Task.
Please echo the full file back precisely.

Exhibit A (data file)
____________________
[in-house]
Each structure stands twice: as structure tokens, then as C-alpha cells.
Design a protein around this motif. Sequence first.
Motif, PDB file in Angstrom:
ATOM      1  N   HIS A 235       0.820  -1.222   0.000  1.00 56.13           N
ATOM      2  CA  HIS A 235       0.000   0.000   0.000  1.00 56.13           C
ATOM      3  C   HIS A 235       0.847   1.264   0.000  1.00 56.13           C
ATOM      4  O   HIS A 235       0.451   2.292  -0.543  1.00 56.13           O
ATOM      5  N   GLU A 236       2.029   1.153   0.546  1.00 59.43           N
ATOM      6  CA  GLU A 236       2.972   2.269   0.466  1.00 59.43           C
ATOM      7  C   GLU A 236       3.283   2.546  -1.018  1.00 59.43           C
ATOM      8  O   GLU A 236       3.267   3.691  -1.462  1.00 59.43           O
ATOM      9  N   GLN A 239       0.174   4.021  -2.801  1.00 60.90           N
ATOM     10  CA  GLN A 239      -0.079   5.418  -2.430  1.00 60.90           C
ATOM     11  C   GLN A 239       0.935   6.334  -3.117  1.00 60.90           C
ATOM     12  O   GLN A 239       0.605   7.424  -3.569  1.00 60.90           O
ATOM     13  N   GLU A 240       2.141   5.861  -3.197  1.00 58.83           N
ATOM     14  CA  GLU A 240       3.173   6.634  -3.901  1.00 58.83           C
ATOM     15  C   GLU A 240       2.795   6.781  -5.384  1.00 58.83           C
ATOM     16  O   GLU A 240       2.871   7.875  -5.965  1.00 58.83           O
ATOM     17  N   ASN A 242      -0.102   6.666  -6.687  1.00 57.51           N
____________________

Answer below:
[in-house]
Each structure stands twice: as structure tokens, then as C-alpha cells.
Design a protein around this motif. Sequence first.
Motif, PDB file in Angstrom:
ATOM      1  N   HIS A 235       0.820  -1.222   0.000  1.00 56.13           N
ATOM      2  CA  HIS A 235       0.000   0.000   0.000  1.00 56.13           C
ATOM      3  C   HIS A 235       0.847   1.264   0.000  1.00 56.13           C
ATOM      4  O   HIS A 235       0.451   2.292  -0.543  1.00 56.13           O
ATOM      5  N   GLU A 236       2.029   1.153   0.546  1.00 59.43           N
ATOM      6  CA  GLU A 236       2.972   2.269   0.466  1.00 59.43           C
ATOM      7  C   GLU A 236       3.283   2.546  -1.018  1.00 59.43           C
ATOM      8  O   GLU A 236       3.267   3.691  -1.462  1.00 59.43           O
ATOM      9  N   GLN A 239       0.174   4.021  -2.801  1.00 60.90           N
ATOM     10  CA  GLN A 239      -0.079   5.418  -2.430  1.00 60.90           C
ATOM     11  C   GLN A 239       0.935   6.334  -3.117  1.00 60.90           C
ATOM     12  O   GLN A 239       0.605   7.424  -3.569  1.00 60.90           O
ATOM     13  N   GLU A 240       2.141   5.861  -3.197  1.00 58.83           N
ATOM     14  CA  GLU A 240       3.173   6.634  -3.901  1.00 58.83           C
ATOM     15  C   GLU A 240       2.795   6.781  -5.384  1.00 58.83           C
ATOM     16  O   GLU A 240       2.871   7.875  -5.965  1.00 58.83           O
ATOM     17  N   ASN A 242      -0.102   6.666  -6.687  1.00 57.51           N